As the world celebrates World Hearing Day a new warning has been issued over research that says the world is facing a hearing loss catastrophe.
The study by the World Health Organisation predicts a quarter of other world’s population, nearly 2.5 billion people, will be living with some degree of hearing loss by 2050.
The first World Report on Hearing explained at least 700 million of these people will require access to ear and hearing care and other rehabilitation services unless action is taken.
“Our ability to hear is precious. Untreated hearing loss can have a devastating impact on people’s ability to communicate, to study and to earn a living. It can also impact on people’s mental health and their ability to sustain relationships,” said Dr Tedros Adhanom Ghebreyesus, (above) WHO Director-General. “This new report outlines the scale of the problem, but also offers solutions in the form of evidence-based interventions that we encourage all countries to integrate into their health systems as part of their journey towards universal health coverage.”
The report, for today’s World Hearing Day underlined the need to rapidly step up efforts to prevent and address hearing loss by investing and expanding access to ear and hearing care services. Investment in ear and hearing care has been shown to be cost-effective: WHO calculates that governments can expect a return of nearly US$16 for every $1 invested.
Lack of accurate information and stigmatising attitudes to ear diseases and hearing loss often limit people from accessing care for these conditions,” added the report. “Even among health-care providers, there’s often a shortage of knowledge about prevention, early identification and management of hearing loss and ear diseases, hampering their ability to provide the care required.”
In most countries, ear and hearing care is still not integrated into national health systems and accessing care services is challenging for those with ear diseases and hearing loss. Moreover, access to ear and hearing care is poorly measured and documented, and relevant indicators are lacking in the health information system.
“The most glaring gap in health system capacity is in human resources,” The report warned. “Among low-income countries, about 78% have fewer than one ear, nose and throat (ENT) specialist per million population; 93% have fewer than one audiologist per million; only 17% have one or more speech therapist per million; and 50% have one or more teacher for the deaf per million. This gap can be closed through integration of ear and hearing care into primary health care through strategies such as task sharing and training, outlined in the report.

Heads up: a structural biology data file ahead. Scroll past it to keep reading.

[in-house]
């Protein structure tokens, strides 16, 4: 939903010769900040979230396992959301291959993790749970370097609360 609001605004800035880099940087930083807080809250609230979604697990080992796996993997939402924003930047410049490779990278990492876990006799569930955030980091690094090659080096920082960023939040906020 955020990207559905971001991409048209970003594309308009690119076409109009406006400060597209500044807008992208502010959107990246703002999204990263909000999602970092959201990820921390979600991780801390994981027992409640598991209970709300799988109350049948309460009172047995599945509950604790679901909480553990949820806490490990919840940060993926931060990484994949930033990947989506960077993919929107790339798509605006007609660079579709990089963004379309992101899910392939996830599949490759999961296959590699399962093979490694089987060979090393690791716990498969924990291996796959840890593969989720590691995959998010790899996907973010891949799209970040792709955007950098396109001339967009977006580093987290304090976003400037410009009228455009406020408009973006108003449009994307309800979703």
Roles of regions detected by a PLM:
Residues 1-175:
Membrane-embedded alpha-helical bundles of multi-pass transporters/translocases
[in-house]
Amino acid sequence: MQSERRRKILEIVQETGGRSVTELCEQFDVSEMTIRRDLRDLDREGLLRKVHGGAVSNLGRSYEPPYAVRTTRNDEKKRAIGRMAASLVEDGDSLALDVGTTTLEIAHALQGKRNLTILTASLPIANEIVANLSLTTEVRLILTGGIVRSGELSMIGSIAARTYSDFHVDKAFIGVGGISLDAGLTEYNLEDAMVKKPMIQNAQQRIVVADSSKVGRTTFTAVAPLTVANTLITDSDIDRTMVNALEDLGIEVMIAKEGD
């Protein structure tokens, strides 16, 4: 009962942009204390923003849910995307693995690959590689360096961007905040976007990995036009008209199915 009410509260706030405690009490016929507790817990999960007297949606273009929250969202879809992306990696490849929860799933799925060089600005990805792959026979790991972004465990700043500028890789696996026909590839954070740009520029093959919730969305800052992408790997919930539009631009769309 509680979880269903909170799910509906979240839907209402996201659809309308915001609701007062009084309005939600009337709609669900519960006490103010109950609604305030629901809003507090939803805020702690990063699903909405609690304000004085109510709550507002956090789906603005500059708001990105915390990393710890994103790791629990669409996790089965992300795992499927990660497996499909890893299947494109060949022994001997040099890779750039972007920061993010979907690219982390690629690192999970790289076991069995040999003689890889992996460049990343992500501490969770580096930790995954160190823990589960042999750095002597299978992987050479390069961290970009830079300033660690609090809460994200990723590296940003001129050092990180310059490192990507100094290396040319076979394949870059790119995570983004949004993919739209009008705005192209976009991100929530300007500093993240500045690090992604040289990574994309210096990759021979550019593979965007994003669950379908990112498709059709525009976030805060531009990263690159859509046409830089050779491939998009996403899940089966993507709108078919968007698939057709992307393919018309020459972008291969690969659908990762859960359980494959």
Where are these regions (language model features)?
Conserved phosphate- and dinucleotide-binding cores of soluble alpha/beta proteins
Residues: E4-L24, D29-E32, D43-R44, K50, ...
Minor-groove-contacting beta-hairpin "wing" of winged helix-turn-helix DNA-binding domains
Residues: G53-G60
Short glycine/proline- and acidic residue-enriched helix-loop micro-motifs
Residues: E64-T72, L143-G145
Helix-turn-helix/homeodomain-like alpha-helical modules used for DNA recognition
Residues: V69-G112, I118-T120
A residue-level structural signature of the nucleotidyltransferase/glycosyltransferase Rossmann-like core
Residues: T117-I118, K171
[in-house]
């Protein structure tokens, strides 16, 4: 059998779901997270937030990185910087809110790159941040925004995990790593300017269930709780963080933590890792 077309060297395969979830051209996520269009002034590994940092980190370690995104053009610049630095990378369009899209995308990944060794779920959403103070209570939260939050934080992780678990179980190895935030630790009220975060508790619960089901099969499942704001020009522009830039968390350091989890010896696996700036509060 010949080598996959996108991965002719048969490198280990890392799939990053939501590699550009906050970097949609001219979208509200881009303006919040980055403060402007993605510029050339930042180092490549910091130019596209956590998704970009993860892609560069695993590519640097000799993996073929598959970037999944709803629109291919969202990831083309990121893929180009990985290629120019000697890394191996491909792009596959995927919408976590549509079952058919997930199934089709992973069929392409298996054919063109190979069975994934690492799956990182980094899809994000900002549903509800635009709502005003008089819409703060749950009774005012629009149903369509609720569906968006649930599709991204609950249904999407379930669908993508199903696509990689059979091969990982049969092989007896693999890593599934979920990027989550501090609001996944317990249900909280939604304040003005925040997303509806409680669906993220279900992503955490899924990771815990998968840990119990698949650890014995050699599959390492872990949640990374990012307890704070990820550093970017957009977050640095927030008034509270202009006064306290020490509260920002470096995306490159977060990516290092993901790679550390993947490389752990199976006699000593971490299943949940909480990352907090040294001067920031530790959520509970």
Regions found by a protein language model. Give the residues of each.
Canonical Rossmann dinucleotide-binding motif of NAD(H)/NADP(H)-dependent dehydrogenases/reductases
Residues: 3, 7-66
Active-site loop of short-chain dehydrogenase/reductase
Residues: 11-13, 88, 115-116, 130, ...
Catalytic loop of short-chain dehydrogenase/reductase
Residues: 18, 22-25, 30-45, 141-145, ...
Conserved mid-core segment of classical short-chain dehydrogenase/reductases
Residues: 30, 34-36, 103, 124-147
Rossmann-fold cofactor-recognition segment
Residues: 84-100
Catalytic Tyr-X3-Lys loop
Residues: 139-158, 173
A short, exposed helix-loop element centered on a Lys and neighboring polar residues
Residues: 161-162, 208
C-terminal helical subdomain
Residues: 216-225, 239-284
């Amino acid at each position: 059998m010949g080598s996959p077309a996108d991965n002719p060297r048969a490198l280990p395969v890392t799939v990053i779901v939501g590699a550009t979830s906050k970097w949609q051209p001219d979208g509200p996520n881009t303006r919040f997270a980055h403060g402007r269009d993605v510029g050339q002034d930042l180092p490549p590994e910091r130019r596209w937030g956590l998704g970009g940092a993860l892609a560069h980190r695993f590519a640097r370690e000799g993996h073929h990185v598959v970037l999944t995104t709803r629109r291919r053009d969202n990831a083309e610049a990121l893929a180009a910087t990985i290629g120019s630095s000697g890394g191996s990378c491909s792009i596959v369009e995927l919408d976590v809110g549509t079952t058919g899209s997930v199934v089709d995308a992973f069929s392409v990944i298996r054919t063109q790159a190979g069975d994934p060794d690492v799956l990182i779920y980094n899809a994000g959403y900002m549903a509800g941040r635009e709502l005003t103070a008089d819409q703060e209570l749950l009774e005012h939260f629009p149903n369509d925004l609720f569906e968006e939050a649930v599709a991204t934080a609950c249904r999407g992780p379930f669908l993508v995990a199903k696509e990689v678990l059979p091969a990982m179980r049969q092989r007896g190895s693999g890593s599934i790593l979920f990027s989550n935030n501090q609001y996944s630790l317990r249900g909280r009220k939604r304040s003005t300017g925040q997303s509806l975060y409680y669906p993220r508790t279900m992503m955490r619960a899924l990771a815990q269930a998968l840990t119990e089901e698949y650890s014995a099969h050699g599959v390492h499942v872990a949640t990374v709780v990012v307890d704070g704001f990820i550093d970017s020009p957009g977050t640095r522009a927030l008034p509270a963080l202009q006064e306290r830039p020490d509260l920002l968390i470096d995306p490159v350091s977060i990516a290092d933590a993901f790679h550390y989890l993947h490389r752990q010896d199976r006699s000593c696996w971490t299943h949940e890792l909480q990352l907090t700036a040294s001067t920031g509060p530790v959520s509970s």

“Even in countries with relatively high proportions of ear and hearing care professionals, there is unequal distribution of specialists. This not only poses challenges for people in need of care, but also places unreasonable demands on the cadres providing these services.”
The WHO said in children, almost 60% of hearing loss can be prevented through measures such as immunisation for prevention of rubella and meningitis, improved maternal and neonatal care, and screening for, and early management of, otitis media – inflammatory diseases of the middle ear. In adults, noise control, safe listening and surveillance of ototoxic medicines together with good ear hygiene can help maintain good hearing and reduce the potential for hearing loss.
“Identification is the first step in addressing hearing loss and related ear diseases,” added the report. “Clinical screening at strategic points in life ensure that any loss of hearing and ear diseases can be identified as early as possible.”
Dr Bente Mikkelsen, Director of the WHO Department of Noncommunicable Diseases added: “Integrating ear and hearing care interventions within national health plans and delivering these through strengthened health systems, as part of universal health coverage, is essential to meet the needs of those at risk of or living with hearing loss.”